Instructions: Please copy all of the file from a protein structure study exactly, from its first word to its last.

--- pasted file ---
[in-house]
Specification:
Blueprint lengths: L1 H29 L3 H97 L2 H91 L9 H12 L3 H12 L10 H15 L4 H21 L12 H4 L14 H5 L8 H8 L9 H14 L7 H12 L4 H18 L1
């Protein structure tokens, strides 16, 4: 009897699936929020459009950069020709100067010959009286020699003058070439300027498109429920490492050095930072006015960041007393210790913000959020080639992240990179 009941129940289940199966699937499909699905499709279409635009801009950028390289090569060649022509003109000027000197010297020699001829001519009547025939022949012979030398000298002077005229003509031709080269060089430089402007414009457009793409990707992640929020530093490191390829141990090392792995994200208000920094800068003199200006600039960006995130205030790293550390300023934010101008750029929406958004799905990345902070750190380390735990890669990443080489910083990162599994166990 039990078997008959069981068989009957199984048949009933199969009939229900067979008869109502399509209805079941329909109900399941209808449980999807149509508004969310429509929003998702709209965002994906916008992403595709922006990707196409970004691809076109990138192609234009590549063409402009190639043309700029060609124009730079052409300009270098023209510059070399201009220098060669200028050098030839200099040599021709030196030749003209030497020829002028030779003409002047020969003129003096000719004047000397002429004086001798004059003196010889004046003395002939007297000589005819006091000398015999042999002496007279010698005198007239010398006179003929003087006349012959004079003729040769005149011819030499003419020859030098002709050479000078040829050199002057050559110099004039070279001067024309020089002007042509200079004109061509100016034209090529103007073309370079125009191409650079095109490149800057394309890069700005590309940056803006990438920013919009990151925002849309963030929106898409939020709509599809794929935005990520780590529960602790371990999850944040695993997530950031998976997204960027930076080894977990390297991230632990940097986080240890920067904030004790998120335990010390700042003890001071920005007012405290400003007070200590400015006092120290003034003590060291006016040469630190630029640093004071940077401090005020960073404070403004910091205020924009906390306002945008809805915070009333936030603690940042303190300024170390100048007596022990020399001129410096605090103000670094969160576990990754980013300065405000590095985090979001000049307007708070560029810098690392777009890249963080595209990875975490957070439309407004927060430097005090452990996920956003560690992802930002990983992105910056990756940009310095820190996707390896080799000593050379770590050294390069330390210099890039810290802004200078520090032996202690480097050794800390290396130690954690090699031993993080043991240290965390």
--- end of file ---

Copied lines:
[in-house]
Specification:
Blueprint lengths: L1 H29 L3 H97 L2 H91 L9 H12 L3 H12 L10 H15 L4 H21 L12 H4 L14 H5 L8 H8 L9 H14 L7 H12 L4 H18 L1
């Protein structure tokens, strides 16, 4: 009897699936929020459009950069020709100067010959009286020699003058070439300027498109429920490492050095930072006015960041007393210790913000959020080639992240990179 009941129940289940199966699937499909699905499709279409635009801009950028390289090569060649022509003109000027000197010297020699001829001519009547025939022949012979030398000298002077005229003509031709080269060089430089402007414009457009793409990707992640929020530093490191390829141990090392792995994200208000920094800068003199200006600039960006995130205030790293550390300023934010101008750029929406958004799905990345902070750190380390735990890669990443080489910083990162599994166990 039990078997008959069981068989009957199984048949009933199969009939229900067979008869109502399509209805079941329909109900399941209808449980999807149509508004969310429509929003998702709209965002994906916008992403595709922006990707196409970004691809076109990138192609234009590549063409402009190639043309700029060609124009730079052409300009270098023209510059070399201009220098060669200028050098030839200099040599021709030196030749003209030497020829002028030779003409002047020969003129003096000719004047000397002429004086001798004059003196010889004046003395002939007297000589005819006091000398015999042999002496007279010698005198007239010398006179003929003087006349012959004079003729040769005149011819030499003419020859030098002709050479000078040829050199002057050559110099004039070279001067024309020089002007042509200079004109061509100016034209090529103007073309370079125009191409650079095109490149800057394309890069700005590309940056803006990438920013919009990151925002849309963030929106898409939020709509599809794929935005990520780590529960602790371990999850944040695993997530950031998976997204960027930076080894977990390297991230632990940097986080240890920067904030004790998120335990010390700042003890001071920005007012405290400003007070200590400015006092120290003034003590060291006016040469630190630029640093004071940077401090005020960073404070403004910091205020924009906390306002945008809805915070009333936030603690940042303190300024170390100048007596022990020399001129410096605090103000670094969160576990990754980013300065405000590095985090979001000049307007708070560029810098690392777009890249963080595209990875975490957070439309407004927060430097005090452990996920956003560690992802930002990983992105910056990756940009310095820190996707390896080799000593050379770590050294390069330390210099890039810290802004200078520090032996202690480097050794800390290396130690954690090699031993993080043991240290965390």